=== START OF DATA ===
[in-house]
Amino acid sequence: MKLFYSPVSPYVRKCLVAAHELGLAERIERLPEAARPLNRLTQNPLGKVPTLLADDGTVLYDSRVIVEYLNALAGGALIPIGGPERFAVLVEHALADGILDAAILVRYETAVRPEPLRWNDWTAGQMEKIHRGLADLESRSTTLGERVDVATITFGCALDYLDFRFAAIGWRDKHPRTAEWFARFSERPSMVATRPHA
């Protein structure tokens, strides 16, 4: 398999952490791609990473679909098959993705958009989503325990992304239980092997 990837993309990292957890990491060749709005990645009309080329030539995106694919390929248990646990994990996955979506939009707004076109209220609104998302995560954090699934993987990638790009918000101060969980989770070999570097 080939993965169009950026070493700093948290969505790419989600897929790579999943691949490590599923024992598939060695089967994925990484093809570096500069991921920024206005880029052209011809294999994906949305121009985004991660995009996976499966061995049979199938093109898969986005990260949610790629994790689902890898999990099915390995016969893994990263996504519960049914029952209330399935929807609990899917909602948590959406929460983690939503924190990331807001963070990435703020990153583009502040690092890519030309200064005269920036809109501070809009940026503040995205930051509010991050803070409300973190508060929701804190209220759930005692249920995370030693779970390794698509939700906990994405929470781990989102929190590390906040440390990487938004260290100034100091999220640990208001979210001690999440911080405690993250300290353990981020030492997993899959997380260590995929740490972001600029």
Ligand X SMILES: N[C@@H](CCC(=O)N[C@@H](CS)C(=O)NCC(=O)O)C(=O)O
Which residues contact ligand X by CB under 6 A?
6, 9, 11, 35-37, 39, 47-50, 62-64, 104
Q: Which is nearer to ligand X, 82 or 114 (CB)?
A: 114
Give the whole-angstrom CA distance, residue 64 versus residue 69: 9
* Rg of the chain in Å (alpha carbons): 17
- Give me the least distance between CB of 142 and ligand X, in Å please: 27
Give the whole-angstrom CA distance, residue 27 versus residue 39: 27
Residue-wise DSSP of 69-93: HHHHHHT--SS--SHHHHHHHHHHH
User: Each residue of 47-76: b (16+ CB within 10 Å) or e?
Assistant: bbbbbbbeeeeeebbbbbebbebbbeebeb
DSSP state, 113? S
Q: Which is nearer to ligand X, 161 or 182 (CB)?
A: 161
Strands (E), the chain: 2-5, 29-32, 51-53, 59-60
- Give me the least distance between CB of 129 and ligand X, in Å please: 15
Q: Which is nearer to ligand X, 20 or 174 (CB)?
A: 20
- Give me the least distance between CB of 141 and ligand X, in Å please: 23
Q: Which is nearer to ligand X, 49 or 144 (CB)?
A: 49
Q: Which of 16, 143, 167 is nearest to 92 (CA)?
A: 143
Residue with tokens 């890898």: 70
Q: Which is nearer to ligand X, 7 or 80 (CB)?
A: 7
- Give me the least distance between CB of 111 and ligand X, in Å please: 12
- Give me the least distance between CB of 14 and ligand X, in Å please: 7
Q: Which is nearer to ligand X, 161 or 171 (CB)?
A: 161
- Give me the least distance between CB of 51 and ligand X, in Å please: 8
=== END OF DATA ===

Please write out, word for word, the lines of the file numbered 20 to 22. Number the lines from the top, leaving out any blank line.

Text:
- Give me the least distance between CB of 129 and ligand X, in Å please: 15
Q: Which is nearer to ligand X, 20 or 174 (CB)?
A: 20